New Malaysian PM claims that the cost of living is top concern
New Malaysian PM claims that the cost of living is top concern

Kuala Lumpur: Malaysia's newly elected Prime Minister Anwar Ibrahim announced on Friday that his main concern would be the cost of living when he takes office amid a slowing economy and a deeply divided nation as a result of a close election.

Anwar, 75, was sworn in as prime minister on Thursday, marking a three-decade political journey from a student protest leader to a prisoner of unnatural sex and leader of the opposition. Anwar was once close to veteran leader Mahathir Mohamad.

Anwar, elected by Malaysia's king after a close election on Thursday, said the economy was his top priority and his cabinet would be smaller than previous administrations.

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After reporting for duty at the Prime Minister's Office, he told a press conference that his top priority right now was to address the cost of living.

Anwar had previously said his cabinet would include two deputy prime ministers, one from the former ruling coalition Barisan and another from one of Malaysia Borneo's smaller political parties.

Anwar announced that he would call for a vote of confidence in parliament on 19 December to demonstrate his control over the lower house. His appointment ended an unprecedented five days of post-election crisis.

Former Prime Minister Muhyiddin Yassin, Anwar's rival, refused to give in and challenged Anwar to a demonstration of his parliamentary majority.

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However, Muhyiddin announced on Friday that he had accepted Anwar's appointment and that his bloc would serve as the opposition.
The election campaign on Saturday pitted Muhyiddin's mostly conservative ethnic-Malay, Muslim coalition against Anwar's progressive, multi-racial coalition.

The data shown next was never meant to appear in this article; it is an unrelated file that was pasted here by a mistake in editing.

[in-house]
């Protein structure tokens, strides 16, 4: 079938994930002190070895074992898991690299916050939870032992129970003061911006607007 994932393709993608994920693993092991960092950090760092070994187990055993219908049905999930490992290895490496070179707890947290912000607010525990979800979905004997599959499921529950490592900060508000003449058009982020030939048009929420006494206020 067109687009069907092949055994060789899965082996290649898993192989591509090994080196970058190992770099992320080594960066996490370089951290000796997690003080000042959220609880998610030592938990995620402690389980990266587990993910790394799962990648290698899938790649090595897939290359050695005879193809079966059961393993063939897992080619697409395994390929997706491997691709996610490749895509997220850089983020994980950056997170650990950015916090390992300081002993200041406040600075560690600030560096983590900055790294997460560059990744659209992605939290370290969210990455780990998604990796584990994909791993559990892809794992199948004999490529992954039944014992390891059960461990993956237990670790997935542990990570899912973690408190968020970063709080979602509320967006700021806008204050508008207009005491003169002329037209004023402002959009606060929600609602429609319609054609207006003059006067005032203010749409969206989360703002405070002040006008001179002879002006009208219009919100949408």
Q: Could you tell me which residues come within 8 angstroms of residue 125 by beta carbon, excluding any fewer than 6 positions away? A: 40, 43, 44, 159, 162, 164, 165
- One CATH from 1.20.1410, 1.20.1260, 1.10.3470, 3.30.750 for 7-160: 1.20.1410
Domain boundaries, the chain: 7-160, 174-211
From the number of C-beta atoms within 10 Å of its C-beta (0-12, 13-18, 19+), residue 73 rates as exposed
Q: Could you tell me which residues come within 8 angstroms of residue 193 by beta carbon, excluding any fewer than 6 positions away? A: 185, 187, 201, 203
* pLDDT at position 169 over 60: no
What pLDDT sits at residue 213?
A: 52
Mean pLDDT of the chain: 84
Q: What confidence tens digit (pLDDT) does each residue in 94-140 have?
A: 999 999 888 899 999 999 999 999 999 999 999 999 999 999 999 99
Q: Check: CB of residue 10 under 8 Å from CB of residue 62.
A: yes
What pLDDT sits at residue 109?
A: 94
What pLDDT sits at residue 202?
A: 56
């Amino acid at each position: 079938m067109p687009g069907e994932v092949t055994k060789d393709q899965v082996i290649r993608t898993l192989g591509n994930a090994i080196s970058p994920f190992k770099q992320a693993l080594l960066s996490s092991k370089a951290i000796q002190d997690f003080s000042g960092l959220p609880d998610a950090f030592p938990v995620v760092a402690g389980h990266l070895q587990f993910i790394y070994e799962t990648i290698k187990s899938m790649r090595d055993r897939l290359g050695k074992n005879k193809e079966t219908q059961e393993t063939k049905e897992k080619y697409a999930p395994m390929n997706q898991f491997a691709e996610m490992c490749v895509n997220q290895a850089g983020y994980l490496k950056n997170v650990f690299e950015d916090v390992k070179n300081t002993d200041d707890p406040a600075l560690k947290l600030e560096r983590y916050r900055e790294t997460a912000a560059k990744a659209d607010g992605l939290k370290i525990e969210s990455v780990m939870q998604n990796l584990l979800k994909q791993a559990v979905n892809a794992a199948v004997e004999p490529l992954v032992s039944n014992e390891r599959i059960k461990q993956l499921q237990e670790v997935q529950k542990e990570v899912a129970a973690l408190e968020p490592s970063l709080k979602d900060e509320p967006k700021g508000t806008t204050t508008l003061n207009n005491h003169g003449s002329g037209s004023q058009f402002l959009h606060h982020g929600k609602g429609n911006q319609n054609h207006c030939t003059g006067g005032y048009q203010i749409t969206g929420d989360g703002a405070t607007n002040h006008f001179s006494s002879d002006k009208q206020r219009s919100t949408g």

Anwar's supporters expressed optimism that his administration would prevent a resurgence of long-standing tensions between the majority ethnic Malay Muslims and the ethnic Chinese and Indian minorities.

With 82 seats, Anwar's Pakatan Harapan alliance won the most seats in Saturday's election, followed by Muhyiddin's Perikatan Nasional Group with 73. A simple majority of 112 was required to form the government.

Only 30 seats were won by the long-ruling Barisan Bloc, the worst election result for the coalition controlling politics since independence in 1957.

Anwar claimed on Thursday that a coalition of Barisan and Malaysian Borneo parties had vowed to support his administration.
He announced on Friday that a second Borneo bloc had joined, giving him the support of more than two-thirds of the members of the 222-seat parliament.

Anwar's administration will be able to amend the constitution with a two-thirds majority. No Malaysian government has had such a majority in the lower house since 2008.

Muhyiddin's bloc includes the PAS, whose electoral success alarmed the Indian and Chinese ethnic communities, most of whose members practice other religions.

Since the vote, authorities have issued warnings about a rise in inter-ethnic conflict on social media, and TikTok, a platform for short videos, said this week it was on high alert for content violating its rules.

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Next year's budget, which was presented before the election but has not yet been approved, is another pressing matter that Anwar must handle.

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